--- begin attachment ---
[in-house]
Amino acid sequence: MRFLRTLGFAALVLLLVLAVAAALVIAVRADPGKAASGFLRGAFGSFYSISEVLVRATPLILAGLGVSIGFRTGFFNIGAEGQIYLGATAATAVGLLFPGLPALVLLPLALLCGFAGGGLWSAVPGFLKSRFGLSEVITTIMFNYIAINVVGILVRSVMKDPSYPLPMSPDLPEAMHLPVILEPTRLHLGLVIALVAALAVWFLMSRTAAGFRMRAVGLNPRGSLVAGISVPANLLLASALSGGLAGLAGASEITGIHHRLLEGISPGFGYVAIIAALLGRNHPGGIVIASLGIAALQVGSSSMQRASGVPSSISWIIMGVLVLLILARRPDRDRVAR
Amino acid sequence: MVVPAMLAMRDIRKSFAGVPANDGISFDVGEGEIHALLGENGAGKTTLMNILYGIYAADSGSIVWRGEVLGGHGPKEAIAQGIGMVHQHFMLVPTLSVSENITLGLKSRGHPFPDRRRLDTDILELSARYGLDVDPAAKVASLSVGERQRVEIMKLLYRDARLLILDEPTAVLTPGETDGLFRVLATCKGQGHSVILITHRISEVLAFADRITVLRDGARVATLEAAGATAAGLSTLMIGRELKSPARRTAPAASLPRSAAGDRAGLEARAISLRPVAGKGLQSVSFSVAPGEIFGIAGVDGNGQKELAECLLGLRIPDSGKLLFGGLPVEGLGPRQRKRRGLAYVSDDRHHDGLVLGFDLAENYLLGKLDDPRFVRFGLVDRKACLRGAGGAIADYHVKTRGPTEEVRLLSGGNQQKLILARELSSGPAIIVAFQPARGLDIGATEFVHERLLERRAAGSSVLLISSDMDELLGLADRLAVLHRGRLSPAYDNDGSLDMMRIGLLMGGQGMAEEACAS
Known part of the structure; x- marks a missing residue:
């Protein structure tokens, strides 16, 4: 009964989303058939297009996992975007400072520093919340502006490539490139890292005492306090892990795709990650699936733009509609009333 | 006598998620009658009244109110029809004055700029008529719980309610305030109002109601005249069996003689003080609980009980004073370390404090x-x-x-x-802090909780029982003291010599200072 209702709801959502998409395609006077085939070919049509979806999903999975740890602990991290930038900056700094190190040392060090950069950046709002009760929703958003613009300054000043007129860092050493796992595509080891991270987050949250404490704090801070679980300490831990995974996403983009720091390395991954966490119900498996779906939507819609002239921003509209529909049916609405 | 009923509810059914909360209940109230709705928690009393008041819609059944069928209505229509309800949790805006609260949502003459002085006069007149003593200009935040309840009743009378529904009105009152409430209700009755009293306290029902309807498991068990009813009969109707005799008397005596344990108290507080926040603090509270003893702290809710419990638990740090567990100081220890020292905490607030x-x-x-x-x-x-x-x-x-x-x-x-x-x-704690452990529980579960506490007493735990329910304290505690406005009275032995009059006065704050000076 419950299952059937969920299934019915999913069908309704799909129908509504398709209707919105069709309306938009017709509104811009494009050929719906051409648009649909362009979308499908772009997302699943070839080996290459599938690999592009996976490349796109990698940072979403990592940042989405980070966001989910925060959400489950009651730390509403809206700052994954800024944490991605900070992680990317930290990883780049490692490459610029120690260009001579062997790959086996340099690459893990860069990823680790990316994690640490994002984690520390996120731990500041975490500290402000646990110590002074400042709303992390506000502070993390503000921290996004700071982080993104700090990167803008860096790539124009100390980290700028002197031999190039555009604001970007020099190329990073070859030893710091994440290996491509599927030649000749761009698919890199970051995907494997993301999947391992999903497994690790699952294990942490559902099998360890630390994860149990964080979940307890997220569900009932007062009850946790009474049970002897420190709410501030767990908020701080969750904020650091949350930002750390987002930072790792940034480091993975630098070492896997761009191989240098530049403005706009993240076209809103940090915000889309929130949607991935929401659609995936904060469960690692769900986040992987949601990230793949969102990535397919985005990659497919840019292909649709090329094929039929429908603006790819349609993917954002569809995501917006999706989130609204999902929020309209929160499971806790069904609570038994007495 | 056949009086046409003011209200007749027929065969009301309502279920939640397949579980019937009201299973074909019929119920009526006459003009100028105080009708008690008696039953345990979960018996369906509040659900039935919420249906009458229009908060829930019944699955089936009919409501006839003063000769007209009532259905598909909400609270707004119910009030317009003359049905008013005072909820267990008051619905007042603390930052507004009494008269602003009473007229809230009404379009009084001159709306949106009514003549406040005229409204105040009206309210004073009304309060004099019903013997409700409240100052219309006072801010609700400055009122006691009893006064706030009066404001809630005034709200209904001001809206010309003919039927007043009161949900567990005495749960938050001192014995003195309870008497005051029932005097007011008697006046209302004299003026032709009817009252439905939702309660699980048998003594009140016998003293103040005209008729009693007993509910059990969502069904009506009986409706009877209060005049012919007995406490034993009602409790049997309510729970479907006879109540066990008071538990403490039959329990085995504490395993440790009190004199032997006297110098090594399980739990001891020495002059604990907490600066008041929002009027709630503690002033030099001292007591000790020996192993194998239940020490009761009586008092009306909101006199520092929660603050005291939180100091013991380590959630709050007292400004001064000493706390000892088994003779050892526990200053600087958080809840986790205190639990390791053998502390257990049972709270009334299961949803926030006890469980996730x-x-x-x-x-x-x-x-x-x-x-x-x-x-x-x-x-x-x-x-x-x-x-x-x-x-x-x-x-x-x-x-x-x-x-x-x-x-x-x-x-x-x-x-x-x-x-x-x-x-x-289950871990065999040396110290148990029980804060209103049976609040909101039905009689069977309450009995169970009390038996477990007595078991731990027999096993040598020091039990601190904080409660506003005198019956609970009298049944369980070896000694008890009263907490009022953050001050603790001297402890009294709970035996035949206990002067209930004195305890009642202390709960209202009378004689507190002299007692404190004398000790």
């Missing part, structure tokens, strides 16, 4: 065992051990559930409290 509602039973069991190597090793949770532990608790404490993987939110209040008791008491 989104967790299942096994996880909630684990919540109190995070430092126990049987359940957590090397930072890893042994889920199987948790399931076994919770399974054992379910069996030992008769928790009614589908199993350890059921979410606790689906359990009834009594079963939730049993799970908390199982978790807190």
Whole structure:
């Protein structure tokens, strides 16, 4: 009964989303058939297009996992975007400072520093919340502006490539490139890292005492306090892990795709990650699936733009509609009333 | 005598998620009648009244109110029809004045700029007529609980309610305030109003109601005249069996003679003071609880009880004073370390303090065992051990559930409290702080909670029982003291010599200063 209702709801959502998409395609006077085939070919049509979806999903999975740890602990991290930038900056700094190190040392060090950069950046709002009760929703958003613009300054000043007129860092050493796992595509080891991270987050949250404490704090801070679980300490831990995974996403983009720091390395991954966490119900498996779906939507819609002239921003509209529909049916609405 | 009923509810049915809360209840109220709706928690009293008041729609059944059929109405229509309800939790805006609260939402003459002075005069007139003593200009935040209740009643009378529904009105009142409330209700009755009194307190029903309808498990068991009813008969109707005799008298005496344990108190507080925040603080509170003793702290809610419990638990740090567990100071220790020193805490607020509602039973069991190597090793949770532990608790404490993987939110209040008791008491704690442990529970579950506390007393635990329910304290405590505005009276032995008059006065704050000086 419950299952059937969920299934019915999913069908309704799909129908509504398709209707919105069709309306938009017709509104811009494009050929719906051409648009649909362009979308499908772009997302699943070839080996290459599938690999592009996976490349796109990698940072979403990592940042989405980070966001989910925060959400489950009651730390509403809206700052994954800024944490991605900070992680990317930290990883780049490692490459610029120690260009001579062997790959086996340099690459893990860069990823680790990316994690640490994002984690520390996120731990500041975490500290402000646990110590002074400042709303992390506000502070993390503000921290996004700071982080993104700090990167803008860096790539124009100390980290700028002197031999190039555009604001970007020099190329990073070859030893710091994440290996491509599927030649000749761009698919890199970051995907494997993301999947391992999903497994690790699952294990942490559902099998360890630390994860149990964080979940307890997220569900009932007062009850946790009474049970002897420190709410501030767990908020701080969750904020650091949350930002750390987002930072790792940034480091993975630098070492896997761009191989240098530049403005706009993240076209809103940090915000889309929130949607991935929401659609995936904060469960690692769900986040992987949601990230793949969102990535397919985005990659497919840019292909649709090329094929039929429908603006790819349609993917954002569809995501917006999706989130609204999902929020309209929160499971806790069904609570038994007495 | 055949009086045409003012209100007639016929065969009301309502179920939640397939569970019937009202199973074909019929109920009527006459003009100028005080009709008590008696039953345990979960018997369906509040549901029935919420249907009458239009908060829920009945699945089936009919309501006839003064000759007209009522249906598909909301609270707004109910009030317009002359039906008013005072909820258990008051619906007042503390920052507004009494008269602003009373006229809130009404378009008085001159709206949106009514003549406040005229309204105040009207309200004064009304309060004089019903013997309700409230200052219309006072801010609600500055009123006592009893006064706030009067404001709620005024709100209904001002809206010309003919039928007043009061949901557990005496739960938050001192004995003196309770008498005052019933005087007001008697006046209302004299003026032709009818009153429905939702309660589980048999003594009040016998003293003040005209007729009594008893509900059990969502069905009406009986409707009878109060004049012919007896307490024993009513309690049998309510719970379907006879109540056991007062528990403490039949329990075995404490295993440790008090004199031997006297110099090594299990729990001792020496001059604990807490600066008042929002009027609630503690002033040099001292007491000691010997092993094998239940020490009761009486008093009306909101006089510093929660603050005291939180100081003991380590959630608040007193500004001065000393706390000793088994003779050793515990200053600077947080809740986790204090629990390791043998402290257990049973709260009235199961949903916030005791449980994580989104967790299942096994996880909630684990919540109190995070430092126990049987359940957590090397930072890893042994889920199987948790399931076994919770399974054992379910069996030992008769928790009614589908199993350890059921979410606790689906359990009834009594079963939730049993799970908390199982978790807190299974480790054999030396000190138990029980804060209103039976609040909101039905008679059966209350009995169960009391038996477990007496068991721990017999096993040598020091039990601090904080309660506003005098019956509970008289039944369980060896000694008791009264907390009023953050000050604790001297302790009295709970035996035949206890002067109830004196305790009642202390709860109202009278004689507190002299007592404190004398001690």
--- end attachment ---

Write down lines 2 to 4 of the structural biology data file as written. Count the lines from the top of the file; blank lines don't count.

Amino acid sequence: MRFLRTLGFAALVLLLVLAVAAALVIAVRADPGKAASGFLRGAFGSFYSISEVLVRATPLILAGLGVSIGFRTGFFNIGAEGQIYLGATAATAVGLLFPGLPALVLLPLALLCGFAGGGLWSAVPGFLKSRFGLSEVITTIMFNYIAINVVGILVRSVMKDPSYPLPMSPDLPEAMHLPVILEPTRLHLGLVIALVAALAVWFLMSRTAAGFRMRAVGLNPRGSLVAGISVPANLLLASALSGGLAGLAGASEITGIHHRLLEGISPGFGYVAIIAALLGRNHPGGIVIASLGIAALQVGSSSMQRASGVPSSISWIIMGVLVLLILARRPDRDRVAR
Amino acid sequence: MVVPAMLAMRDIRKSFAGVPANDGISFDVGEGEIHALLGENGAGKTTLMNILYGIYAADSGSIVWRGEVLGGHGPKEAIAQGIGMVHQHFMLVPTLSVSENITLGLKSRGHPFPDRRRLDTDILELSARYGLDVDPAAKVASLSVGERQRVEIMKLLYRDARLLILDEPTAVLTPGETDGLFRVLATCKGQGHSVILITHRISEVLAFADRITVLRDGARVATLEAAGATAAGLSTLMIGRELKSPARRTAPAASLPRSAAGDRAGLEARAISLRPVAGKGLQSVSFSVAPGEIFGIAGVDGNGQKELAECLLGLRIPDSGKLLFGGLPVEGLGPRQRKRRGLAYVSDDRHHDGLVLGFDLAENYLLGKLDDPRFVRFGLVDRKACLRGAGGAIADYHVKTRGPTEEVRLLSGGNQQKLILARELSSGPAIIVAFQPARGLDIGATEFVHERLLERRAAGSSVLLISSDMDELLGLADRLAVLHRGRLSPAYDNDGSLDMMRIGLLMGGQGMAEEACAS
Known part of the structure; x- marks a missing residue: